There are days when even the most one-eyed of managers can legitimately claim that refereeing decisions have cost his side a game, but if that team perform as feebly in their biggest fixture of the season as Tottenham did yesterday, any sympathy tends to evaporate like so much hot air. Although Spurs lost the 152nd north London derby to two dubious penalties and a marginal offside verdict, their display was so wretched as to render any complaint irrelevant.
Martin Jol, to his great credit, did not attempt to hide behind excuses. "I want to focus on the performance," he said. "If we'd created four or five chances we could have said the decisions cost us. But it would have been a miracle if we'd got a result." Like so many teams this season, Tottenham are lamentable away from the cosiness of their own stadium, which tends to indicate a weakness of character. "We have to grow up and be stronger," Jol admitted. "All these talented players have to learn to play in the English League."
More fool the clubs for signing so many, it was tempting to reply. The counter-argument is that Arsenal, occasionally light-weight in the past and starting again without a single English player, displayed all the aggression their local rivals lacked. On this form, the Emirates will be as unhappy a hunting ground for Tottenham as Highbury, where they succeeded once in their final 21 visits - against a near-reserve team the week before the 1993 FA Cup final.
Spurs desperately needed to score first, which Steed Malbranque ought to have done with 10 minutes played. Four visiting teams who have done that at the Emirates have managed to hang on for a 1-1 draw; concede first, however, and the statistics say that Arsenal go on to romp home 3-0. Accused with some justification by their former manager George Graham of lacking leaders, Arsenal did at least have a captain in Gilberto Silva ready to step up to the plate - or the penalty spot - twice, after Emmanuel Adebayor had been given the benefit of the tightest of decisions by an assistant referee for the opening goal.
Adebayor, enjoying probably his best game for the club, was only playing because of Thierry Henry's neck injury. It was Henry he rushed over to embrace after being allowed to run on to Kolo Touré's through pass in the 20th minute for the first goal. Pascal Chimbonda had unwisely stepped up from right-back in an attempt to win the offside decision and on another day might well have got away with it. But this was never going to be Tottenham's day. "The turning points went for us," said Arsenal's manager, Arsène Wenger.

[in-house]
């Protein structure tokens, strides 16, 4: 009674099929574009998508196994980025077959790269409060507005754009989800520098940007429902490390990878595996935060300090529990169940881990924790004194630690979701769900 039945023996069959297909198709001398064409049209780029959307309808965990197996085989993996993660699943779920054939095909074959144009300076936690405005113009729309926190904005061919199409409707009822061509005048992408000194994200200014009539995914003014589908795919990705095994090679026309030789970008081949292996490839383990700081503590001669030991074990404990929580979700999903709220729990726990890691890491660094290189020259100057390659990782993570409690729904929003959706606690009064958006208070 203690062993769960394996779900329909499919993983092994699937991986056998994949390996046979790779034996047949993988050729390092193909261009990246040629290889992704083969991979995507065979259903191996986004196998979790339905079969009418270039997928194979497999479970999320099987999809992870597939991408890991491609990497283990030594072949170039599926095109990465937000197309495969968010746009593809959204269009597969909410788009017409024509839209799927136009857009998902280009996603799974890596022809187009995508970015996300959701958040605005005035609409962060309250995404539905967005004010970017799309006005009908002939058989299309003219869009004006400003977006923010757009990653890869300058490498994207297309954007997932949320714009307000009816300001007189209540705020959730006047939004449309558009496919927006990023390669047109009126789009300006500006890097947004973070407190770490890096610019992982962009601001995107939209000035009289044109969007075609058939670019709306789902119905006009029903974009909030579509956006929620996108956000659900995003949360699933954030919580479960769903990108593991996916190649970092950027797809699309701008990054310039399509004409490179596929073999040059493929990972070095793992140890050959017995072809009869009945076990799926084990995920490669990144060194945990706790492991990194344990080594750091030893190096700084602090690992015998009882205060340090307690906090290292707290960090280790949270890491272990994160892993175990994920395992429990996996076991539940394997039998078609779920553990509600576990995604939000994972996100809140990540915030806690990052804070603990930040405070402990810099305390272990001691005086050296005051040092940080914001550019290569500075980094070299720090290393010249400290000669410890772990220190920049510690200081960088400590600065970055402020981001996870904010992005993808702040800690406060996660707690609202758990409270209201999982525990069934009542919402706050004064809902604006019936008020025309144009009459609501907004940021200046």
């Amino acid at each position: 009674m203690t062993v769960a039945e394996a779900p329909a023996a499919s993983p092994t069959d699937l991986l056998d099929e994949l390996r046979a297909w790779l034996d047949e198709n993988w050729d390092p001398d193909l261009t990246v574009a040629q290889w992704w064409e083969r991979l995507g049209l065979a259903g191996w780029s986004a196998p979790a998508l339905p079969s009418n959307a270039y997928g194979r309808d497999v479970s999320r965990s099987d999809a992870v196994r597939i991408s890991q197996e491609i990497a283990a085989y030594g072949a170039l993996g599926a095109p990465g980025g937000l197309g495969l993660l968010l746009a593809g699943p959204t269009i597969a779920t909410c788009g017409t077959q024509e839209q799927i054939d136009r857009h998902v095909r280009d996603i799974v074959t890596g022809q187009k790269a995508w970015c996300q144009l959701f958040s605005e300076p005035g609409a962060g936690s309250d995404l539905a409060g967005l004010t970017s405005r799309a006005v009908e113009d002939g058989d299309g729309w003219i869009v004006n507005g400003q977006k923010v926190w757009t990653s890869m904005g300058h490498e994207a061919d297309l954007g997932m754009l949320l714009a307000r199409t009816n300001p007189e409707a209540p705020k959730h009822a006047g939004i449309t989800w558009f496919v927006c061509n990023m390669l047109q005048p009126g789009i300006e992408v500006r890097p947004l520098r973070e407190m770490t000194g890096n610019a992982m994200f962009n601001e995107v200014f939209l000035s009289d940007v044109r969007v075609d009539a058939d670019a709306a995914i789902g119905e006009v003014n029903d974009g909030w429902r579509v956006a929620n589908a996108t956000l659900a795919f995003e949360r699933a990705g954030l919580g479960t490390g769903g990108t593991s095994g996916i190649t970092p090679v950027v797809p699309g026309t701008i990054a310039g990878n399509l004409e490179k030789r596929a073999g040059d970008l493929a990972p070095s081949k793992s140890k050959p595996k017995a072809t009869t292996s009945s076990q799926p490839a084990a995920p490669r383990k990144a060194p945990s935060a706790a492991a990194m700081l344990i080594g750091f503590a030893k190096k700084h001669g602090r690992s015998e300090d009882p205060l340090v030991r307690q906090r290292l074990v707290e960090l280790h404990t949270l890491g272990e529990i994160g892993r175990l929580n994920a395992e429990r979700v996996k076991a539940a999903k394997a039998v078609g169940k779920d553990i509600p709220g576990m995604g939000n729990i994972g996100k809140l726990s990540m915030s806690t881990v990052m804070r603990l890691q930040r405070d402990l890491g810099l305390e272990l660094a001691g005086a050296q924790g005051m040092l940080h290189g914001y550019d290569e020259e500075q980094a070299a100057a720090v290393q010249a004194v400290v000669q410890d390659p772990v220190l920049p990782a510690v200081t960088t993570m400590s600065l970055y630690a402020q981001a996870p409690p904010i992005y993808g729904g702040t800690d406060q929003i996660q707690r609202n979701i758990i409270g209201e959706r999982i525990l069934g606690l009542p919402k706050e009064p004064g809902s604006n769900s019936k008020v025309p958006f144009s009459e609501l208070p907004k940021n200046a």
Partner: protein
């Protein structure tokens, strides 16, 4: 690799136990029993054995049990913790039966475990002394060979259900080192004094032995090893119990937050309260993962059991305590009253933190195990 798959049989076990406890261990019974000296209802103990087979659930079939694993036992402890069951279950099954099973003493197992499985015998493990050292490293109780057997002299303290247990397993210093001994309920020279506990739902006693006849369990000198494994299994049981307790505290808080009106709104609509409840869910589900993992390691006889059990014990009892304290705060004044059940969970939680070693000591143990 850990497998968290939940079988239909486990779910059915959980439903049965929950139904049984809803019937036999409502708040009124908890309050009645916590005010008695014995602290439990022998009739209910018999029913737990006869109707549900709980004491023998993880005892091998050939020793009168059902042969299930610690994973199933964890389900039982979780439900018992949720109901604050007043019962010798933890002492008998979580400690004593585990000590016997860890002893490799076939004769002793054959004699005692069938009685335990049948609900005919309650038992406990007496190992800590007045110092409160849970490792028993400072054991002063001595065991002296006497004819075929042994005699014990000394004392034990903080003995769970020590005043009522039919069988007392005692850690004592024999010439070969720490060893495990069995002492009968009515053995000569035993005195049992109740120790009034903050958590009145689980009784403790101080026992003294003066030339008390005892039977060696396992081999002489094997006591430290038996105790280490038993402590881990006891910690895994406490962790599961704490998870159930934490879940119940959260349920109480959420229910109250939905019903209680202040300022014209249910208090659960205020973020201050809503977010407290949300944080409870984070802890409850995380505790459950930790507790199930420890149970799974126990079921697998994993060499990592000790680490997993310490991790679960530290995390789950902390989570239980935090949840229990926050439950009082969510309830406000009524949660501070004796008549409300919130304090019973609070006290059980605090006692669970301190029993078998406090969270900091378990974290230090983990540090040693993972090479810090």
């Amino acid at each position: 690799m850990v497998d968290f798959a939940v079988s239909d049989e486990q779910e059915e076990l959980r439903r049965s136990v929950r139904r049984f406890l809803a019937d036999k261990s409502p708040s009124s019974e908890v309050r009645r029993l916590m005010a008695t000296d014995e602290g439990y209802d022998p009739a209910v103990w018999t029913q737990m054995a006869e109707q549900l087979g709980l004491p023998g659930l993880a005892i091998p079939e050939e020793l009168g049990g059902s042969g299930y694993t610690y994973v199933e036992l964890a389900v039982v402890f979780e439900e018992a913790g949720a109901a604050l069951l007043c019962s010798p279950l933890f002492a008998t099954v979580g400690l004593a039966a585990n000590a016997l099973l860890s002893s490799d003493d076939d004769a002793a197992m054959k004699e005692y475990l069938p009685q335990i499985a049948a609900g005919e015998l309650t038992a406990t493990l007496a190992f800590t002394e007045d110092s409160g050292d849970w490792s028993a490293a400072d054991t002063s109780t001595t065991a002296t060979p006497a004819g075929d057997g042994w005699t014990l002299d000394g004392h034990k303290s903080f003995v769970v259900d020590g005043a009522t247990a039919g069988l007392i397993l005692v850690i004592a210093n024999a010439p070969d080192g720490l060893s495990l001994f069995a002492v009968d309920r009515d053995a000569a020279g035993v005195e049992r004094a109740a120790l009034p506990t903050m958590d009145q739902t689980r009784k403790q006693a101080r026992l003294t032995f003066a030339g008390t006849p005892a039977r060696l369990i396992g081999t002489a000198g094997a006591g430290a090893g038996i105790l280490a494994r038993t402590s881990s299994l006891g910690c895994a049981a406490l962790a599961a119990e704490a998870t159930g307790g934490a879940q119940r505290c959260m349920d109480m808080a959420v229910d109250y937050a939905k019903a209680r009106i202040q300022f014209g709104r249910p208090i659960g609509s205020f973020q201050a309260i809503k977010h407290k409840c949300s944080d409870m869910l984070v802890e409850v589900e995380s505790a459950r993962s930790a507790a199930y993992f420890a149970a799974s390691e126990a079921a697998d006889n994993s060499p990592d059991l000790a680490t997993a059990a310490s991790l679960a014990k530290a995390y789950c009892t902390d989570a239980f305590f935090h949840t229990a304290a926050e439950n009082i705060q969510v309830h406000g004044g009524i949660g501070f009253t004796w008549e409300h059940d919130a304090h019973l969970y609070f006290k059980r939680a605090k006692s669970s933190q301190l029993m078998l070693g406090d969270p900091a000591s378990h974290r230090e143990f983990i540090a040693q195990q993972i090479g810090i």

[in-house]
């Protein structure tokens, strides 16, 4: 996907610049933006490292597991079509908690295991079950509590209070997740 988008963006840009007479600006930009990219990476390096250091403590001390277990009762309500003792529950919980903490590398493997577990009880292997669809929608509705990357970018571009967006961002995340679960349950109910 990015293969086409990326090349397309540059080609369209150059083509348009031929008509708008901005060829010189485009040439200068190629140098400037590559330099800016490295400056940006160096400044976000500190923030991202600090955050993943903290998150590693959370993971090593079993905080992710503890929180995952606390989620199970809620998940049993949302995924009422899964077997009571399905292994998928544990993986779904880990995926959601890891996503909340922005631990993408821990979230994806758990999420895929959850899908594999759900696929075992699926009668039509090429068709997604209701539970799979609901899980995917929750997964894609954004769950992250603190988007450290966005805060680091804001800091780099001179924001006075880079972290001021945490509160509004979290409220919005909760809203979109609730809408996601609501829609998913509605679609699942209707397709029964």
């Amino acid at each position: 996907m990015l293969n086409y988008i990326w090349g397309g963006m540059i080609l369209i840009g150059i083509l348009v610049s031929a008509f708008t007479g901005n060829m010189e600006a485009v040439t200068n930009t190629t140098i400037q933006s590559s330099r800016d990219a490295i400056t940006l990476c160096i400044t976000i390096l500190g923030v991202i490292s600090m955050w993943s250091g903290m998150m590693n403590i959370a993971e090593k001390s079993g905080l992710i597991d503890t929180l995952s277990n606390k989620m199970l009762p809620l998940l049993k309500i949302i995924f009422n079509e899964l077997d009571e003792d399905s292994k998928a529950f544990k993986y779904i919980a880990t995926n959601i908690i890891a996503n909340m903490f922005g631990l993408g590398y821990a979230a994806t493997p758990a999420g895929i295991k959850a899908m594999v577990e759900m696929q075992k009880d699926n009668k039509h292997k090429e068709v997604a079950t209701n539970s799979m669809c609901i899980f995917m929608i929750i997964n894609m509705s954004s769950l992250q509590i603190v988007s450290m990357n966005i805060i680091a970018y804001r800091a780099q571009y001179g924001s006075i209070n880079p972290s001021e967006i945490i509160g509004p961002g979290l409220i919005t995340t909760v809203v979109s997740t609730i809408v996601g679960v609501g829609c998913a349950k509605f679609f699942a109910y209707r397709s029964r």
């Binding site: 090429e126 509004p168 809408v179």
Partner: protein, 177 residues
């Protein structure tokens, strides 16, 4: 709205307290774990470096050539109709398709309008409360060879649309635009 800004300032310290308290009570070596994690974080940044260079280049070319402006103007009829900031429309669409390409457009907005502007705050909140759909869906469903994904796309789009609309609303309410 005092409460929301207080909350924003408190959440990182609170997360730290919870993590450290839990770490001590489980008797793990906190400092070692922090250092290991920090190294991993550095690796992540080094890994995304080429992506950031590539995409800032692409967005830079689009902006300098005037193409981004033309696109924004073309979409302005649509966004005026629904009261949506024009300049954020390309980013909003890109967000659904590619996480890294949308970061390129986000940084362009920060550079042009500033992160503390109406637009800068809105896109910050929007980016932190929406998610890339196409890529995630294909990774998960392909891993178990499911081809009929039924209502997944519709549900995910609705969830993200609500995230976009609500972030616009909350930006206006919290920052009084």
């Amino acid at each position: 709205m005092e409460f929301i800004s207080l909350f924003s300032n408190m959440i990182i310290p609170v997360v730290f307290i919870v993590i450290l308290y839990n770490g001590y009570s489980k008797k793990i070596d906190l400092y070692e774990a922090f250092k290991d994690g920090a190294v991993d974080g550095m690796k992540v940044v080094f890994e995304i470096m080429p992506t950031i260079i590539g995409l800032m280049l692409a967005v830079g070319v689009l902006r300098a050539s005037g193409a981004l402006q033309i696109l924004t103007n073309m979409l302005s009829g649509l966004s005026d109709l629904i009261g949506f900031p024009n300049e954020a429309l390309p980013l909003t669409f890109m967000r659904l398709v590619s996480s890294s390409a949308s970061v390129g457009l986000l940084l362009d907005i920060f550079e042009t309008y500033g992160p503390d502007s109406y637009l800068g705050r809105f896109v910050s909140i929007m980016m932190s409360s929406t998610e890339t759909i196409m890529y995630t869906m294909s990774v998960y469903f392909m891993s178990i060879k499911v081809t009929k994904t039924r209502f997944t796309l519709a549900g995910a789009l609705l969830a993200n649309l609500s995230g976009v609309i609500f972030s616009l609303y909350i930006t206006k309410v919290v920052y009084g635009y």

The first of them, as he said, was Malbranque's opportunity from inside the penalty area early on, skewed carelessly wide with the outside of his foot. The next one, just before the interval, was the penalty awarded by Graham Poll as Chimbonda nicked the ball away from Robin van Persie before the Dutchman went down. Gilberto expertly tucked the penalty away right in the bottom corner of the net.
Spurs had dropped Robbie Keane back almost into midfield but were so weak down their left flank, where Fredrik Ljungberg did as he liked, that the full-back Benoit Assou-Ekotto and midfielder Malbranque both had to be replaced at the interval. Didier Zokora, casual in possession throughout, could just as easily have been sacrificed. What would they not have given for a more youthful Clive Allen, who contented himself with warming up the half-time substitutes, Jermaine Jenas and Lee Young-Pyo. Lee briefly offered some adventure down the left, whipping in one dangerous cross that Jens Lehmann spilled, and the goalkeeper then made his one save of the afternoon from Jenas's 25 yarder, but with the game becoming increasingly fractious, a second debatable penalty put matters beyond doubt.
Jenas held Van Persie back just outside the penalty area, causing the Arsenal man to handle before being tripped inside the area. Gilberto's second penalty went to the other side of a helpless Paul Robinson.
Jermain Defoe was given 10 minutes to achieve the impossible for Spurs and there might have been further humiliation with a red card for Jenas. The ecstatic home supporters, meanwhile, who had produced the best atmosphere yet at the new stadium, crowed like cockerels. "You might as well go home," they chanted at the visiting contingent, many of whom had taken the opportunity to do so before the final whistle. Having seen Tottenham score three goals in eight away games, they may not rush to the next one.Reuse content